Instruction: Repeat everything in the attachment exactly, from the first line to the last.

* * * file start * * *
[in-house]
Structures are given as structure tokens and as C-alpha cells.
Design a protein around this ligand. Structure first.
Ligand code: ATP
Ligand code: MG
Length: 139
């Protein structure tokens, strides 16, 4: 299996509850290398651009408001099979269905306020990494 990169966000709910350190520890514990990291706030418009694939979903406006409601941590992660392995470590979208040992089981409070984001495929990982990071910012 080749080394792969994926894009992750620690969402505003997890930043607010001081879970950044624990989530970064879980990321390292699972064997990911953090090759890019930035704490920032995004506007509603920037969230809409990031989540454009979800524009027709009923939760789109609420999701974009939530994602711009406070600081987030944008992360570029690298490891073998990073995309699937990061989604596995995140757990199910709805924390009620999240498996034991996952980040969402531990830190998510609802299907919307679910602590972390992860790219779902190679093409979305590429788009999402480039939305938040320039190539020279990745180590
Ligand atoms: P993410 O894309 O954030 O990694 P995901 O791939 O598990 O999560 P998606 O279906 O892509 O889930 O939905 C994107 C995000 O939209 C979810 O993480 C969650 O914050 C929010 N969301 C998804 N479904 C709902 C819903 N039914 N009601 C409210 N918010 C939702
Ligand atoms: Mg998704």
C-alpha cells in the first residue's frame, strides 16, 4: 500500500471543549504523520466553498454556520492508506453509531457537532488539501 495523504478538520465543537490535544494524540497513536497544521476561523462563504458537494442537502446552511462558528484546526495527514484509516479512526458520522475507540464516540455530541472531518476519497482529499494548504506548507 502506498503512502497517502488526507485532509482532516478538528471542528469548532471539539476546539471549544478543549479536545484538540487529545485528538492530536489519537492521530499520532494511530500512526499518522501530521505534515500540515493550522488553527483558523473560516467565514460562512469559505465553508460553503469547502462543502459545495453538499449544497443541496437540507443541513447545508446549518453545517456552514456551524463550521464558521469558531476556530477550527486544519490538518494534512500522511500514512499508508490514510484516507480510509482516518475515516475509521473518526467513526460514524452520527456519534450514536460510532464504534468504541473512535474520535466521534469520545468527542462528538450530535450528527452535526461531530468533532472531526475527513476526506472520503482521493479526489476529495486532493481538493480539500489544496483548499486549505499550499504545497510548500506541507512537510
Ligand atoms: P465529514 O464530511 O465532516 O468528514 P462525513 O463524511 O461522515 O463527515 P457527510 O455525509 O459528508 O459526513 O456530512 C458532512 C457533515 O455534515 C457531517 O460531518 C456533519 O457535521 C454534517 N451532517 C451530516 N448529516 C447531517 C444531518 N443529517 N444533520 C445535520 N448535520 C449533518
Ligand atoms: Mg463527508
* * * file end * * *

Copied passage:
[in-house]
Structures are given as structure tokens and as C-alpha cells.
Design a protein around this ligand. Structure first.
Ligand code: ATP
Ligand code: MG
Length: 139
């Protein structure tokens, strides 16, 4: 299996509850290398651009408001099979269905306020990494 990169966000709910350190520890514990990291706030418009694939979903406006409601941590992660392995470590979208040992089981409070984001495929990982990071910012 080749080394792969994926894009992750620690969402505003997890930043607010001081879970950044624990989530970064879980990321390292699972064997990911953090090759890019930035704490920032995004506007509603920037969230809409990031989540454009979800524009027709009923939760789109609420999701974009939530994602711009406070600081987030944008992360570029690298490891073998990073995309699937990061989604596995995140757990199910709805924390009620999240498996034991996952980040969402531990830190998510609802299907919307679910602590972390992860790219779902190679093409979305590429788009999402480039939305938040320039190539020279990745180590
Ligand atoms: P993410 O894309 O954030 O990694 P995901 O791939 O598990 O999560 P998606 O279906 O892509 O889930 O939905 C994107 C995000 O939209 C979810 O993480 C969650 O914050 C929010 N969301 C998804 N479904 C709902 C819903 N039914 N009601 C409210 N918010 C939702
Ligand atoms: Mg998704």
C-alpha cells in the first residue's frame, strides 16, 4: 500500500471543549504523520466553498454556520492508506453509531457537532488539501 495523504478538520465543537490535544494524540497513536497544521476561523462563504458537494442537502446552511462558528484546526495527514484509516479512526458520522475507540464516540455530541472531518476519497482529499494548504506548507 502506498503512502497517502488526507485532509482532516478538528471542528469548532471539539476546539471549544478543549479536545484538540487529545485528538492530536489519537492521530499520532494511530500512526499518522501530521505534515500540515493550522488553527483558523473560516467565514460562512469559505465553508460553503469547502462543502459545495453538499449544497443541496437540507443541513447545508446549518453545517456552514456551524463550521464558521469558531476556530477550527486544519490538518494534512500522511500514512499508508490514510484516507480510509482516518475515516475509521473518526467513526460514524452520527456519534450514536460510532464504534468504541473512535474520535466521534469520545468527542462528538450530535450528527452535526461531530468533532472531526475527513476526506472520503482521493479526489476529495486532493481538493480539500489544496483548499486549505499550499504545497510548500506541507512537510
Ligand atoms: P465529514 O464530511 O465532516 O468528514 P462525513 O463524511 O461522515 O463527515 P457527510 O455525509 O459528508 O459526513 O456530512 C458532512 C457533515 O455534515 C457531517 O460531518 C456533519 O457535521 C454534517 N451532517 C451530516 N448529516 C447531517 C444531518 N443529517 N444533520 C445535520 N448535520 C449533518
Ligand atoms: Mg463527508